By Colleen Murphy
Connecticut’s Freedom of Information Commission was well represented at the 39th annual conference of the Council on Government Ethics Laws (COGEL), held in Toronto, Canada from December 3-6, 2017. Executive Director and General Counsel Colleen Murphy, Managing Director and Associate General Counsel Mary Schwind and Public Education Officer Tom Hennick all attended the conference and were panelists and/or panel moderators during the four-day session. As always, the conference was enlightening, engaging and very worthwhile.
Connecticut’s FOI Commission has long been represented at COGEL, an international organization. Former Executive Director and General Counsel Mitchell Pearlman and current executive Director Murphy have served terms on COGEL’s governing body. Pearlman was the 2004 recipient of the COGEL Outstanding Service Award and is credited with bringing the first Freedom of Information contingents to COGEL.
The conference features more than 40 concurrent sessions and four plenary sessions all geared toward the exchange of ideas about improving open, accessible and ethical government around the world. The program is developed entirely by volunteer members of the COGEL community who serve on COGEL’s program committee. Public Education Officer Hennick has been a member of the program committee representing the FOI community since 2007.
Five of the concurrent programs in Toronto were devoted entirely to pressing Freedom of Information issues. Two sessions focused on the ever-expanding use of social media by public agencies and the logistics needed to guarantee transparency when social media is in play. Panelists from jurisdictions in Texas, Canada, and Minnesota as well as noted media attorney Dana Green discussed and explored the various nuances of public agencies using Twitter, Facebook, and e-mail as they relate to government transparency.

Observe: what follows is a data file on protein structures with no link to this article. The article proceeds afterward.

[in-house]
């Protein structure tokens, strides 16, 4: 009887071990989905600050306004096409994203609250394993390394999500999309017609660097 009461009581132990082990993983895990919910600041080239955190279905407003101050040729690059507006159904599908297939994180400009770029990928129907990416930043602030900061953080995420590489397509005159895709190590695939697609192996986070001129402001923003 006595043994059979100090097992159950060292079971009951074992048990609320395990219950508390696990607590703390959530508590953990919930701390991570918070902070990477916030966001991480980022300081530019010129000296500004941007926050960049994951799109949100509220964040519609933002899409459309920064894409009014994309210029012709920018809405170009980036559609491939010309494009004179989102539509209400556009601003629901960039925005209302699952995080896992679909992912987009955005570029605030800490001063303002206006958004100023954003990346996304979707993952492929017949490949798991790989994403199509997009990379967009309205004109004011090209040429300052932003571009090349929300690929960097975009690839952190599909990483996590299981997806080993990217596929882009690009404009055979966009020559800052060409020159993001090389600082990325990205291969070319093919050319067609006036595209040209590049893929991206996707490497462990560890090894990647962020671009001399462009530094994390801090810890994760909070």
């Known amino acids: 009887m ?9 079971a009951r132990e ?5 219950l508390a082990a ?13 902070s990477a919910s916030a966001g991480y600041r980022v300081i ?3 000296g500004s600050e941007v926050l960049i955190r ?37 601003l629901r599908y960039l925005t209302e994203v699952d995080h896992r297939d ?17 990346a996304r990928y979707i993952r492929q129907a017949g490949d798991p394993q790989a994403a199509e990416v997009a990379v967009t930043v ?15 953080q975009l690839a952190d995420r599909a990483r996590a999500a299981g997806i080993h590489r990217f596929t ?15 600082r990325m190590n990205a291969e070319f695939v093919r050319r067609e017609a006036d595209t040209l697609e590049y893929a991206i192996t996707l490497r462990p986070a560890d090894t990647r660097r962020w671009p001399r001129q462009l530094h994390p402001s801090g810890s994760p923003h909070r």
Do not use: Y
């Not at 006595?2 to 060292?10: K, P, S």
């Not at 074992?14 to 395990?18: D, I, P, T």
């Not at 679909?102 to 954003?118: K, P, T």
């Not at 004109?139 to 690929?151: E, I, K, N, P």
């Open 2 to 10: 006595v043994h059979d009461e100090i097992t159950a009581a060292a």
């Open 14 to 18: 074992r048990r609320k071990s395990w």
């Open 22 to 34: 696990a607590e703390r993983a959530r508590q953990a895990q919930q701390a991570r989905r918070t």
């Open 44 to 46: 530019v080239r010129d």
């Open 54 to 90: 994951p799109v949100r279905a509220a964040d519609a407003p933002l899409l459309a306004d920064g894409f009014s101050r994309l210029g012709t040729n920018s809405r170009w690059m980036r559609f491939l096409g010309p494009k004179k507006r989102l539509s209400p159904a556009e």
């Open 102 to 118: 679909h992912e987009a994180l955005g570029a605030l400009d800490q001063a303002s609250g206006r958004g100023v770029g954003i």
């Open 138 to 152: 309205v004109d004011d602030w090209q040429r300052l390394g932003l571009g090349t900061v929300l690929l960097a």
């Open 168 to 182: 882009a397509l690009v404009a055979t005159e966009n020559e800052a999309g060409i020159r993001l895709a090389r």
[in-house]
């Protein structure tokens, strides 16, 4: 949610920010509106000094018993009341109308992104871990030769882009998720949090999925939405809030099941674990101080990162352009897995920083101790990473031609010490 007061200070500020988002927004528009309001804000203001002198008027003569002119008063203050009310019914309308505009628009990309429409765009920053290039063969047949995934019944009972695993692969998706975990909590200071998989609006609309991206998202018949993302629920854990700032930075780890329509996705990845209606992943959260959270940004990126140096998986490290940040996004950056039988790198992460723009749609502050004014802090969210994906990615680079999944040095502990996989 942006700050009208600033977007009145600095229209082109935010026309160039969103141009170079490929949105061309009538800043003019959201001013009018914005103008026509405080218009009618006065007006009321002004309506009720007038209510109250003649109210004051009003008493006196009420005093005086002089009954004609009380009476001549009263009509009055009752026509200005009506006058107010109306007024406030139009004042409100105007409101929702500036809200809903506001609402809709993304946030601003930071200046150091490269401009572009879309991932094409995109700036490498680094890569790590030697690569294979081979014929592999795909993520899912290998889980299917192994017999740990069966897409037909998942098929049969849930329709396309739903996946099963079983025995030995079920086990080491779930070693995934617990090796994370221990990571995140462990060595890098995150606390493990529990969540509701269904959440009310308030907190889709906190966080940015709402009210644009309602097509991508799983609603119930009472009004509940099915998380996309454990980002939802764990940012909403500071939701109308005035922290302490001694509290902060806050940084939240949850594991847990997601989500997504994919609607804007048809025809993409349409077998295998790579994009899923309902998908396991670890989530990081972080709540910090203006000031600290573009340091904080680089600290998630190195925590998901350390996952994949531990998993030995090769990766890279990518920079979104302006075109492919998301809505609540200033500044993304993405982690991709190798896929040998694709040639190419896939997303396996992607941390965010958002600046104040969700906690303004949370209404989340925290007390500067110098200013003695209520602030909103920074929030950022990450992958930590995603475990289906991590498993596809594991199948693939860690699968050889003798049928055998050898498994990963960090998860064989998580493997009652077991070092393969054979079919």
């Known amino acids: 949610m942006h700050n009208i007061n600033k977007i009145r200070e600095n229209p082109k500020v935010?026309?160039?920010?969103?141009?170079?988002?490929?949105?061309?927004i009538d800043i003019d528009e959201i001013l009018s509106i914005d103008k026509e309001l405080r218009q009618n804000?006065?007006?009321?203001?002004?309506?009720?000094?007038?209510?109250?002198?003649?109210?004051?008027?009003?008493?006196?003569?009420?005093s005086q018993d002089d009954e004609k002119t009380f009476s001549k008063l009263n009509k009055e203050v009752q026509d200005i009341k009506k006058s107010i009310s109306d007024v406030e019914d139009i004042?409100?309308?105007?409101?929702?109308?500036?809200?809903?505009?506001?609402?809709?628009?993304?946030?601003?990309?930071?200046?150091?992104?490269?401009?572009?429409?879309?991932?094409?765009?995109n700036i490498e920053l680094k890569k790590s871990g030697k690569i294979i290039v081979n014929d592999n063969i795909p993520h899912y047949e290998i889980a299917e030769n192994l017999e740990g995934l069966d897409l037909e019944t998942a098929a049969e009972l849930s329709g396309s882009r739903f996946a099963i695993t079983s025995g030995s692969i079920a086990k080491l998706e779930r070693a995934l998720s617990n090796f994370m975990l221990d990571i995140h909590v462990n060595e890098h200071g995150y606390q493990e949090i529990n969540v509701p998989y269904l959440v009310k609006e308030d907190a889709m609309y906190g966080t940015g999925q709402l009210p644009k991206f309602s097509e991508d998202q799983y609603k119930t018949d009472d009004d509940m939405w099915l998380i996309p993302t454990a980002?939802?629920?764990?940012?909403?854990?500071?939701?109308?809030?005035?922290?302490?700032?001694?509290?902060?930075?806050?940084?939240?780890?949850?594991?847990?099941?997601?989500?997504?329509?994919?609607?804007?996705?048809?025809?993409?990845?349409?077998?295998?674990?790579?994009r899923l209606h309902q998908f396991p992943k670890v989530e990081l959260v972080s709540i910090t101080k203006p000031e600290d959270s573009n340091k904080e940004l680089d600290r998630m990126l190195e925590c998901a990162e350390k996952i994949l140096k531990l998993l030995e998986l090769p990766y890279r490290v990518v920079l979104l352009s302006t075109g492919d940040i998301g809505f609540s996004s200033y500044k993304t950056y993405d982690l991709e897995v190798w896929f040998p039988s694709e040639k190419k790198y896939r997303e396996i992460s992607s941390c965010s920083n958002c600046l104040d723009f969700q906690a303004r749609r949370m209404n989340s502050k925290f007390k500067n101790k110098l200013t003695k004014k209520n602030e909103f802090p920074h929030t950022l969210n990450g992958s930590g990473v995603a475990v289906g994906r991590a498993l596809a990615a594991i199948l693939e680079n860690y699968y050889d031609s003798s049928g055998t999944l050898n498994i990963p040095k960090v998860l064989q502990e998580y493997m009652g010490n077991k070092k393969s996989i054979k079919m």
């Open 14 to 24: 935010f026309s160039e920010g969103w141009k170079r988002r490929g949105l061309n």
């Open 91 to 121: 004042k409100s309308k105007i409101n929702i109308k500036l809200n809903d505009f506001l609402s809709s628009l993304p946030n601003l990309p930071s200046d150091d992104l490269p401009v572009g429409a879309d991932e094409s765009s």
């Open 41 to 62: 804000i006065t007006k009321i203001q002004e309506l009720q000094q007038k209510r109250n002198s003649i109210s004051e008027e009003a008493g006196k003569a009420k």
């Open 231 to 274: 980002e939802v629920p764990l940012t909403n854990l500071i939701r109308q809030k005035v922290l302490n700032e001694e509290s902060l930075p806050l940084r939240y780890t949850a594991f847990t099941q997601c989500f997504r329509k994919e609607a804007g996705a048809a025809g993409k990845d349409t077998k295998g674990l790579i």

Another FOI panel was a lively review of the “Glomar Denial,” based on judicial decisions that allow agencies to neither confirm nor deny that they have records that have been requested. The panel explored the validity of this wrinkle in the access world that could lead to less transparency.
Managing Director Schwind presented the United States legislation and litigation review at another session. The 44-page report (included, for your information) was prepared this year by Connecticut FOI attorney Paula Pearlman with an assist from others on the Connecticut staff and is a fixture at the COGEL conference. It is presented as part of a panel that includes a Canadian legislation and litigation report. Rounding out the FOI-centric sessions was an FOI Roundtable moderated by Executive Director Murphy and education officer Hennick from Connecticut. This session attracts individuals from not only the FOI discipline but also ethics, elections enforcement and lobbying disciplines to discuss government transparency.
Attendance at the FOI sessions ranged from 25-75. More than 30 states as well as the District of Columbia, Canada and Mexico were represented at the conference.